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August 2002 - Page 40

by Mark Sharp
Model photos by the author


or most of the first half of the 20th Century, the Maine Central Railroad was controlled by the Boston & Maine Railroad. The two shared a common management from the early years of the century until 1953 when the companies split apart. Although the arrangement was not technically a merger, it resulted in joint operations in a number of areas. For example, the Portland Terminal Company was formed by MEC and B&M to handle railroad operations in Portland, Maine. The MEC and B&M pooled power and passenger services, trackage rights and had similar color schemes. Starting with the delivery of FTs to the B&M

in 1943, that scheme consisted of a maroon carbody with gold striping and a black roof. The striping was more or less of a standard type shared by such other railroads as the Denver & Rio Grande Western and the Lehigh Valley. When the MEC and B&M split apart, the Maine Central changed the maroon to green, more in keeping with its operations in The Pine Tree State, but otherwise kept the attractive stripes and black roof.

RS3s on the MEC
During World War II, Americas War Production Board (WPB) controlled the number, types and distribution of equipment used by the countrys railroads. This was a somewhat better arrangement than the disastrous United States Railway Administration (USRA) which, in essence, confiscated Americas railroads during World War I. In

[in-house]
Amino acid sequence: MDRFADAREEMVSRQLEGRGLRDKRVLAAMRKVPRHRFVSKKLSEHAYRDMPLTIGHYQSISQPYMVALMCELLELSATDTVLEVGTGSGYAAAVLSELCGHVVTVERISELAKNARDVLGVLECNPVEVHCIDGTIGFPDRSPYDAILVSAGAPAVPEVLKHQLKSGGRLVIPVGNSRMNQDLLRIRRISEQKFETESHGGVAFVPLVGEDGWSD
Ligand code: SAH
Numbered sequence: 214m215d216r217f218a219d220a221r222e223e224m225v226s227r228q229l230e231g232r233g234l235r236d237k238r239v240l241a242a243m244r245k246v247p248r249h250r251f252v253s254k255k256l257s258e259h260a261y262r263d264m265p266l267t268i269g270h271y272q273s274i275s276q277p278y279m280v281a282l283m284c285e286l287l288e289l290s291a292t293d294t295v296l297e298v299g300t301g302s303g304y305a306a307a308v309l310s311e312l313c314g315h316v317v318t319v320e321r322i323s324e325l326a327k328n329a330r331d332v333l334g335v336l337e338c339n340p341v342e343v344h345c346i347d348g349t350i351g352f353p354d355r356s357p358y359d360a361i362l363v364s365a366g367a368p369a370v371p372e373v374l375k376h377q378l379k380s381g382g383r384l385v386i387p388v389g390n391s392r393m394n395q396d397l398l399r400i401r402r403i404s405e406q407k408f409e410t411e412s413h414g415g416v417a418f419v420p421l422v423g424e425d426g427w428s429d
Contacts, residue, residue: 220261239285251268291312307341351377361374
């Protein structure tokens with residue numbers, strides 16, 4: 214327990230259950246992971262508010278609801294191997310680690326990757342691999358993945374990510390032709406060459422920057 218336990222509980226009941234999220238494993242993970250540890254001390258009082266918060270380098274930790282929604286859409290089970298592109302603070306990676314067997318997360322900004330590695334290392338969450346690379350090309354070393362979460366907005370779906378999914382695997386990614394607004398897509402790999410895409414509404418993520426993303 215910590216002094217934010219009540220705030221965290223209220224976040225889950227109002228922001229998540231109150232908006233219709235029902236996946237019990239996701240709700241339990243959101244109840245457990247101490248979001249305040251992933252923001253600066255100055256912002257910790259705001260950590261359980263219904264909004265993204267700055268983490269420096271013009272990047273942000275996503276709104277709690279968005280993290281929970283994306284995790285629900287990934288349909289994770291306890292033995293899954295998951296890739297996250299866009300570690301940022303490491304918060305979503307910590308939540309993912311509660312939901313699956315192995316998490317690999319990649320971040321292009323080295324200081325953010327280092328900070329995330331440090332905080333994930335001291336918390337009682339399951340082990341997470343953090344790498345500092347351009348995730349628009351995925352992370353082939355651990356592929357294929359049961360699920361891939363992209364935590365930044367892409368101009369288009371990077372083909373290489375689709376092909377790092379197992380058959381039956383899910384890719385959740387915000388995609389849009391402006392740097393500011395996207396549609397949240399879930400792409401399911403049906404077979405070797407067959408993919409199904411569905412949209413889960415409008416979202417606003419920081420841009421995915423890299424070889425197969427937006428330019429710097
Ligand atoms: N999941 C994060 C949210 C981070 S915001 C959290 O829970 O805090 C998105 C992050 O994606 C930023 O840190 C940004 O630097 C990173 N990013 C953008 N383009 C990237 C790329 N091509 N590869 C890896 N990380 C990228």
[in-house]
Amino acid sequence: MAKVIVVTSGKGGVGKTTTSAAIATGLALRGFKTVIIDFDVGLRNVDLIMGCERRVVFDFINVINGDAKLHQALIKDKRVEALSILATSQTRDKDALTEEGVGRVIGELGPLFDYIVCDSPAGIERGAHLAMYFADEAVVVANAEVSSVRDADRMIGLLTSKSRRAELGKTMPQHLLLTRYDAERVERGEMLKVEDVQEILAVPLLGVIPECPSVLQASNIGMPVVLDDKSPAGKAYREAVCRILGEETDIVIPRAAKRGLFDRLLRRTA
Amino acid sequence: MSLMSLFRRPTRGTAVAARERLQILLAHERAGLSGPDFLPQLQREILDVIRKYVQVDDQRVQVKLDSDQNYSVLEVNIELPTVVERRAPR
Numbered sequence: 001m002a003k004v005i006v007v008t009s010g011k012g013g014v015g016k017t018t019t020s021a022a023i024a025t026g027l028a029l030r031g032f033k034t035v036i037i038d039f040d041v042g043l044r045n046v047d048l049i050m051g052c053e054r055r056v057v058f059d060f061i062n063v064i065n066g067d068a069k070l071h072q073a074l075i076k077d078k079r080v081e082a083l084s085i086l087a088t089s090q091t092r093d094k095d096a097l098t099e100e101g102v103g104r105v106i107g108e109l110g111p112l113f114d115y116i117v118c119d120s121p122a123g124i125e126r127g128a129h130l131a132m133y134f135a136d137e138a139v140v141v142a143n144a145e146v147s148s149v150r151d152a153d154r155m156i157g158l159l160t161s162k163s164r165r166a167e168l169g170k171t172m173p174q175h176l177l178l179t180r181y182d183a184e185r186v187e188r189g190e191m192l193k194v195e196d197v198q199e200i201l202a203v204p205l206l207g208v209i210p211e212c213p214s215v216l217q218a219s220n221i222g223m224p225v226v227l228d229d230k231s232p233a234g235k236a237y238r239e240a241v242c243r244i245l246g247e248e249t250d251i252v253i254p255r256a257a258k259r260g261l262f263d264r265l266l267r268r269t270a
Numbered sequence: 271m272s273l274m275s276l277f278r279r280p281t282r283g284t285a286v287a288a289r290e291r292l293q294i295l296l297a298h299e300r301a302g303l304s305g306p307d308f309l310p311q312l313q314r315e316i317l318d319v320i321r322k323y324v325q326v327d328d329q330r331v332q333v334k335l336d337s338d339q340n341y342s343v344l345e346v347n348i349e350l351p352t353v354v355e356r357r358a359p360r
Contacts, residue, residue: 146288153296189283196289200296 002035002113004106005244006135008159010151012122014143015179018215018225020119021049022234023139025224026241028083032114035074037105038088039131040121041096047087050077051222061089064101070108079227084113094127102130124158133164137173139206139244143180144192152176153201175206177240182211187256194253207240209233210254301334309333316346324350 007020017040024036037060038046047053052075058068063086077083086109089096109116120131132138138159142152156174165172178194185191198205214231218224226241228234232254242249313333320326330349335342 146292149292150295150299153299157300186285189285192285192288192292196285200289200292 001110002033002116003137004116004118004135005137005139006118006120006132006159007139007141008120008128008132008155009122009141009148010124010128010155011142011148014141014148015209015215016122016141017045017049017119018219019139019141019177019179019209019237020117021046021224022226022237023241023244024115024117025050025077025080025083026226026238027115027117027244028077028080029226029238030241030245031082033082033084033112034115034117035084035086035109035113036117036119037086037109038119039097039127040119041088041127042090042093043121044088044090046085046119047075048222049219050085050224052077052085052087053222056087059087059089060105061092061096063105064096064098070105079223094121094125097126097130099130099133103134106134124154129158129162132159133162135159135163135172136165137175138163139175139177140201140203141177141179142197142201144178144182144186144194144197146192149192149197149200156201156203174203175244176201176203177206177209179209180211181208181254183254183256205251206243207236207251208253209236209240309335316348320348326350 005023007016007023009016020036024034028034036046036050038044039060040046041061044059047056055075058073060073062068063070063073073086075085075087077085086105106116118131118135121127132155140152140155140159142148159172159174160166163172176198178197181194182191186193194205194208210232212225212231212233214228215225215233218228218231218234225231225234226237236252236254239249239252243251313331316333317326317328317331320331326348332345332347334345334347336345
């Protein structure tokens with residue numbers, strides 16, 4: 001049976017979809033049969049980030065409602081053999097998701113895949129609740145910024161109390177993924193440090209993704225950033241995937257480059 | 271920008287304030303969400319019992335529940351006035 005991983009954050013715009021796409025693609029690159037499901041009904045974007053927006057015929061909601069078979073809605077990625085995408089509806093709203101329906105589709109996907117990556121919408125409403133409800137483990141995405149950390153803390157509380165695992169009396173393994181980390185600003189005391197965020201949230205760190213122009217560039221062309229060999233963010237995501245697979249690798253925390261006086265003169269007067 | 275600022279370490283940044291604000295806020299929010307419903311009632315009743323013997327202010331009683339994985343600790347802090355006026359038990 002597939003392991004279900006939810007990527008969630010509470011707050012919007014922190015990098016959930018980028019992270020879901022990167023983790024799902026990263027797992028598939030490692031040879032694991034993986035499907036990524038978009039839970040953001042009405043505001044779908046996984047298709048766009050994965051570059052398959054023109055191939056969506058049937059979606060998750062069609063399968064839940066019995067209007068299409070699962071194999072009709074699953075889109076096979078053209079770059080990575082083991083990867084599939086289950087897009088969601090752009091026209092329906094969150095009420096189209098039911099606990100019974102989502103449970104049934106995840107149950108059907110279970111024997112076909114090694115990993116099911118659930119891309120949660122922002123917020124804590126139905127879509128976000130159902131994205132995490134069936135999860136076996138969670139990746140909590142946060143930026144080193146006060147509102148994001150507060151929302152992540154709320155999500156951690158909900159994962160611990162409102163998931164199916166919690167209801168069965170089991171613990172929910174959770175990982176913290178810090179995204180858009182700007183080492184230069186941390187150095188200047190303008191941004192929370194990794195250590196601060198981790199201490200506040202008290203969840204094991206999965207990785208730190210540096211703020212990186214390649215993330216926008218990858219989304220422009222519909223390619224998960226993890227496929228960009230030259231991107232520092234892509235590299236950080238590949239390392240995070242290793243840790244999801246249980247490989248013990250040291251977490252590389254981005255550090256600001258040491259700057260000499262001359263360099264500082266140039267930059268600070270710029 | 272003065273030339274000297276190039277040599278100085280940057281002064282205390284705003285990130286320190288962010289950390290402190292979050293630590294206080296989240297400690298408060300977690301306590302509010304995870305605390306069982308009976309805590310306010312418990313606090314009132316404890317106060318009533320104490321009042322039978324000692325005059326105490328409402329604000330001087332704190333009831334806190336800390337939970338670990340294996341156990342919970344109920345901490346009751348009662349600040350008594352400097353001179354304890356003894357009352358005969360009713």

any event, the WPB assigned the task of producing switching locomotives to the American Locomotive Company (Alco). Alco had substantial experience with these, having produced a number of successful models before the United States entered the war in December of 1941. On the other hand, for example, the Electro Motive Corporation (EMC, later EMD), was designated for road-power production, which it delivered in the form of its FT. After World War II, Americas railroads began replacing their steam fleets and early diesels, which had taken a beating during the conflict. During the immediate post-war years, each of the railroad equipment manufacturers naturally had an advantage producing that type of power to which they had been limited during the war by the WPB. For Alco, this meant domination of the road switcher market until the early 1950s. Alco began production of its RS (road switcher) line of locomotives with the RS1 in 1941. It produced the RS3 from 1950 to 1956, with a total of 1,370 units sold. Alco introduced the next locomotive in the line,

MEC 556 sits in the snow (theres plenty for everyone in Maine) awaiting her next assignment. That appears to be maintenance-of-way equipment in the background. Date and photographer unknown. Courtesy of Bobs Photo



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